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Bitcoin is tulip mania 2.0—not gold 2.0: Schiff

Schiff: Bitcoin resembles tulip bubble
Schiff: Bitcoin resembles tulip bubble

The Winklevoss twins may say that bitcoin resembles "gold 2.0," but CEO of Euro Pacific Capital and Peter Schiff says the somewhat mysterious online currency more closely resembles tulip mania 2.0.

"A bubble is a bubble," he said. "And there's a bubble in bitcoins."

Schiff was responding to comments made by Tyler and Cameron Winklevoss, who have invested a great deal in bitcoins and are attempting to start a bitcoin exchange-traded fund. (They also happen to be well-known for suing Mark Zuckerberg over the creation of Facebook.)

On Tuesday's "Squawk Box," Cameron Winklevoss said that "some definitely view it as gold 2.0," adding, "In terms of a store of value, it definitely has the properties of gold, and people are viewing it that way."

(Read more: Winklevosses: Bitcoin worth at least 100 times more)

But on the Tuesday episode of "Futures Now." Schiff, a longtime investor in gold, literally laughed at the comparison.

"I don't see bitcoins as an alternative to gold," he said. "If anything, [the creators of bitcoin are] modern-day alchemists, but you can't make gold digitally. It's no better than a fiat currency."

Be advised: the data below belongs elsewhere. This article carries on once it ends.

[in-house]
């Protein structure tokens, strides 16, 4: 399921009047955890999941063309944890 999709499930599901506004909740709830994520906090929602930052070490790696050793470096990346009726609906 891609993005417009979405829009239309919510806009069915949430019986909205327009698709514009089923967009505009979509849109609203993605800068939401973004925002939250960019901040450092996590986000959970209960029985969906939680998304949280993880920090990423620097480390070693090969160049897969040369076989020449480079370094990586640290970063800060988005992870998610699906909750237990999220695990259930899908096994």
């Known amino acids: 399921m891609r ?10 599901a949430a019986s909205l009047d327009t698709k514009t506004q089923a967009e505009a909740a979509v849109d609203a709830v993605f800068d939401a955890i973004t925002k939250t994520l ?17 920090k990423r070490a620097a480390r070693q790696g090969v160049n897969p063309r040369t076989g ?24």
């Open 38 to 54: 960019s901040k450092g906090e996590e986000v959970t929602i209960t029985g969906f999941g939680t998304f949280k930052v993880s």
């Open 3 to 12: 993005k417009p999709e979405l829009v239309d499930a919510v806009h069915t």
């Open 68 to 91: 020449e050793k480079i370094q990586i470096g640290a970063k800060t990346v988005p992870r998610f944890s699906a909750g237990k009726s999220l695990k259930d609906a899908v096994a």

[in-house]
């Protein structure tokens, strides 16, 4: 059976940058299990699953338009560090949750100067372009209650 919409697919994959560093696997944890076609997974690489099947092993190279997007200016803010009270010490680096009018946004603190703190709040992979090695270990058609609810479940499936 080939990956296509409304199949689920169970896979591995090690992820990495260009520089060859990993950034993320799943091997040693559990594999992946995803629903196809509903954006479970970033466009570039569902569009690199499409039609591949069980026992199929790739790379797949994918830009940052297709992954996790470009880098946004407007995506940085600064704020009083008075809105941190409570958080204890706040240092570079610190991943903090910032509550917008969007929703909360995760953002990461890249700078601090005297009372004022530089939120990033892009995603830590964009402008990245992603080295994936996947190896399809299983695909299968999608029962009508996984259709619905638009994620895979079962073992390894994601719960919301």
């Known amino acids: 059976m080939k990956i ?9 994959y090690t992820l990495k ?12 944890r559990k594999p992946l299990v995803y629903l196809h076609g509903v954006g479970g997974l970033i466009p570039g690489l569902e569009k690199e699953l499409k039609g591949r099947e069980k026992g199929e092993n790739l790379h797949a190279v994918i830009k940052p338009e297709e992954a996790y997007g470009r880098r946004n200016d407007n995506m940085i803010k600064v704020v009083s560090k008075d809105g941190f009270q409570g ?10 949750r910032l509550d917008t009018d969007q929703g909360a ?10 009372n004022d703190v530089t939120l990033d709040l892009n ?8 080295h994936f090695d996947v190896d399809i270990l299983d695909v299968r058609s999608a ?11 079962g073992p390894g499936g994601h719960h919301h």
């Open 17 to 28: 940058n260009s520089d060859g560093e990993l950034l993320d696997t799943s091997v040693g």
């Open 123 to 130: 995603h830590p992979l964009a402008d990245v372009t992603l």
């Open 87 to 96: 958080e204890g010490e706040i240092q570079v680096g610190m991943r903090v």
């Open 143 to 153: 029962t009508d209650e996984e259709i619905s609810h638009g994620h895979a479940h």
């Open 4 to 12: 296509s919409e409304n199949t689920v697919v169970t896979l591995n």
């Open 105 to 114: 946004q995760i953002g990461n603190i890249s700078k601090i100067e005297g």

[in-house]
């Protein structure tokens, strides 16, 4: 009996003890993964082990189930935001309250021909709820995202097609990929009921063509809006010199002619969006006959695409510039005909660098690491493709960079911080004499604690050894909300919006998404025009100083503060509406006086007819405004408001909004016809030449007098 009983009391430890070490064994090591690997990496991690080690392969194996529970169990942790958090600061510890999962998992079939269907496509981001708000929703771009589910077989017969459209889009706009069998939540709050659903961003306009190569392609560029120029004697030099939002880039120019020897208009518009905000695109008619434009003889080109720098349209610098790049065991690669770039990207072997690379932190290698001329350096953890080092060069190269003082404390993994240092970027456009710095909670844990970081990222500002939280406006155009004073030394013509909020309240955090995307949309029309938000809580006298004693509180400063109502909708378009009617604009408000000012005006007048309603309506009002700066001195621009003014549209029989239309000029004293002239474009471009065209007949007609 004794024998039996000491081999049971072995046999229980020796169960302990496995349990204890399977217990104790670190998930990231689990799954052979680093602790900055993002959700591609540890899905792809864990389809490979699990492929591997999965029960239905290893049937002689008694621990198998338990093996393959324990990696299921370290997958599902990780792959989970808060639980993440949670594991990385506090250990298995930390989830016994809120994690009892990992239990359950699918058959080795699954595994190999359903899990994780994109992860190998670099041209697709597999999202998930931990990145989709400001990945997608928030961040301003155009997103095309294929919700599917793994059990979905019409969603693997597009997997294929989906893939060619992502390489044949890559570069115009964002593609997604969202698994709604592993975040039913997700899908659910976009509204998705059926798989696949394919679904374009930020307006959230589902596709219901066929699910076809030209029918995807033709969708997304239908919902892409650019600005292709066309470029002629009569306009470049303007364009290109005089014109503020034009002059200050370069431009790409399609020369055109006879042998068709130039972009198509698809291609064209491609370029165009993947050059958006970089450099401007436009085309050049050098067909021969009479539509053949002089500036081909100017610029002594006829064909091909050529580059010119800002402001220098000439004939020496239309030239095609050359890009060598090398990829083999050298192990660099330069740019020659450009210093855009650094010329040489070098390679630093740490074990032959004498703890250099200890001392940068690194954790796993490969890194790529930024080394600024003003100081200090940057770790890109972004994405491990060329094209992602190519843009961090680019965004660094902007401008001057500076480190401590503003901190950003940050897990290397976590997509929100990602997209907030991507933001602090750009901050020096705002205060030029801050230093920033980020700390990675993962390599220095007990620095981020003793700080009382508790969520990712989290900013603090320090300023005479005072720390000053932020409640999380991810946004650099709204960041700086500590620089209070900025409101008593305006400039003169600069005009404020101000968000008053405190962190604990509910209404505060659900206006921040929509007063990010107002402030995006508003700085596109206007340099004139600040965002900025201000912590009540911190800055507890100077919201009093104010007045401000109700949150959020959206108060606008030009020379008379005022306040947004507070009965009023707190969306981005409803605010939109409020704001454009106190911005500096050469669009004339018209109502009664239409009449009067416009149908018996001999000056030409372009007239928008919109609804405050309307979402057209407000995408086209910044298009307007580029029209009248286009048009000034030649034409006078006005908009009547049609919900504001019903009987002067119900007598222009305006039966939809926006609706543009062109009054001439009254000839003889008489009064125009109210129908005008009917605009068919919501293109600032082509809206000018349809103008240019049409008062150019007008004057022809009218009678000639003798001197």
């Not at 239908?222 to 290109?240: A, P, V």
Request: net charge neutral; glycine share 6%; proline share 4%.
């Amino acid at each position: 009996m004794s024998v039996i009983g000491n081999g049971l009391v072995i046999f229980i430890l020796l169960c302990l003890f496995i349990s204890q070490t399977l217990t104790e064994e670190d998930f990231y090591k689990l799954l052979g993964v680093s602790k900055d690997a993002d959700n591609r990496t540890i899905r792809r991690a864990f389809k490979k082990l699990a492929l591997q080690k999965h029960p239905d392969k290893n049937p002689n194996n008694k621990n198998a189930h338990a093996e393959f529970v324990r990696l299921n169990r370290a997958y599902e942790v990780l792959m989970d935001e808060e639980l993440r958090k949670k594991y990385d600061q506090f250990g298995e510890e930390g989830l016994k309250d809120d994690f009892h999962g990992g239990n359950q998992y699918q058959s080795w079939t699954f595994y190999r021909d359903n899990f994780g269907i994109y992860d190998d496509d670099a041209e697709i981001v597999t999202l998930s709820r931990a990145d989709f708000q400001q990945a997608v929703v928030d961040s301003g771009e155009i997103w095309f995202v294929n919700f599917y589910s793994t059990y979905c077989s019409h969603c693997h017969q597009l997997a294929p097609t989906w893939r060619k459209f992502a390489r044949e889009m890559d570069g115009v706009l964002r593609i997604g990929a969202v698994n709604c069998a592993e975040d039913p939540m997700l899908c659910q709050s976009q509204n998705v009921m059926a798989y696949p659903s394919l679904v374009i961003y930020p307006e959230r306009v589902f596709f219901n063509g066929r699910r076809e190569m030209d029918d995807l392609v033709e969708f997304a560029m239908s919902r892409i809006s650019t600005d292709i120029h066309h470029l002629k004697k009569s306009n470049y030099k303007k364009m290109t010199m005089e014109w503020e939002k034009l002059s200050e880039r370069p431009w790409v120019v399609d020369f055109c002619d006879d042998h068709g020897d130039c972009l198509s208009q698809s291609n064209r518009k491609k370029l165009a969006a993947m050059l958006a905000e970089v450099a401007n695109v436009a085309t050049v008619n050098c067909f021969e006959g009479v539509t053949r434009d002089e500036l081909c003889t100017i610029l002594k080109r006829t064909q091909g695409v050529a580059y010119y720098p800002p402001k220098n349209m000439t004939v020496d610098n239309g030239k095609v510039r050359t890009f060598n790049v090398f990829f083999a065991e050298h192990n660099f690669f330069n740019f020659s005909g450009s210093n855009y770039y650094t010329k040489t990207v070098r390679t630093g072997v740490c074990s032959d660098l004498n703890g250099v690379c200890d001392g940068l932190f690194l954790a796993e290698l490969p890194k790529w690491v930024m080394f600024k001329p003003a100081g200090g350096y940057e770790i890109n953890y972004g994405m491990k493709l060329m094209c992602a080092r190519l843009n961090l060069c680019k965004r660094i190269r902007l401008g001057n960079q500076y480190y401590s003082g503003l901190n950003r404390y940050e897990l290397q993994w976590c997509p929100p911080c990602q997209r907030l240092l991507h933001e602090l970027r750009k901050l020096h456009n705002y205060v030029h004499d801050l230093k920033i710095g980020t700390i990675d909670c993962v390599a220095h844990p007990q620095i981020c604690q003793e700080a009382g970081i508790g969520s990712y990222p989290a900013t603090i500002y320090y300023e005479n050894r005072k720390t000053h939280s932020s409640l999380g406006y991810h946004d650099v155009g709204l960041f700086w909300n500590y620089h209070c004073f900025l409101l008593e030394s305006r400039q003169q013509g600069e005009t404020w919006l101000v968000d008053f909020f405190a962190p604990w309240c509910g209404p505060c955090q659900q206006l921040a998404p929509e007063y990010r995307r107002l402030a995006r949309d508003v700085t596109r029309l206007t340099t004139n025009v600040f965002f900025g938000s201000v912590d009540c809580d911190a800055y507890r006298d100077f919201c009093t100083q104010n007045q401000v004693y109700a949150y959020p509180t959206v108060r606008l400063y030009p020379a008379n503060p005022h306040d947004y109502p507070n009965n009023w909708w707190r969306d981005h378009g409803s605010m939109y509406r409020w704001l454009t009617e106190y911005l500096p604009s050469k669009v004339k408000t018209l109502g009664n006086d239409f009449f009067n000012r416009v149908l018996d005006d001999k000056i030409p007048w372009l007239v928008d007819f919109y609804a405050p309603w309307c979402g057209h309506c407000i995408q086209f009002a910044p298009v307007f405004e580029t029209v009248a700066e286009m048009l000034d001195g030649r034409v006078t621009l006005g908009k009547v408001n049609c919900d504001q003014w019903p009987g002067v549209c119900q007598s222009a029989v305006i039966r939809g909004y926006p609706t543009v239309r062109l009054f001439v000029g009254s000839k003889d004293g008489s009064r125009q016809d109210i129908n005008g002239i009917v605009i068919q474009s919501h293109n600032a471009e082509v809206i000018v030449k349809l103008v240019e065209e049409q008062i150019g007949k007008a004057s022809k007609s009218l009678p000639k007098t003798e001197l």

Schiff said that what he does see in the peer-to-peer currency—whose value has risen from $13.50 in January to $375 on Tuesday—is a bubble.

Some view Bitcoin as gold 2.0: Expert
Some view Bitcoin as gold 2.0: Expert

"To me, it looks like a modern-day tulip mania," Schiff said, referring to the fantastic rise and fall of the value of tulip bulbs in 17th-century Holland. "The reason people are buying bitcoins is because they think they're going to make money. They think the price is going up. And the price probably will go up. It'll keep going up until it implodes. And a lot of people are going to lose a lot of money in bitcoins."

Schiff scoffs at the idea that the bitcoin will become a common unit of online exchange.

"I don't think it's going to end up being a source of commerce for the world," he said. "I think right now it's a source of gambling."

(Read more: Bitcoin is back: Online currency gaining traction)

But while Schiff is confident that bitcoins are in a bubble, he does have a major caveat.

"I don't know where the top is. Whether we're at the end now, or whether it will keep going on for months or years, I don't know," he said. "I mean, you can play the game if you want."

—By CNBC's Alex Rosenberg. Follow him on Twitter: @CNBCAlex.

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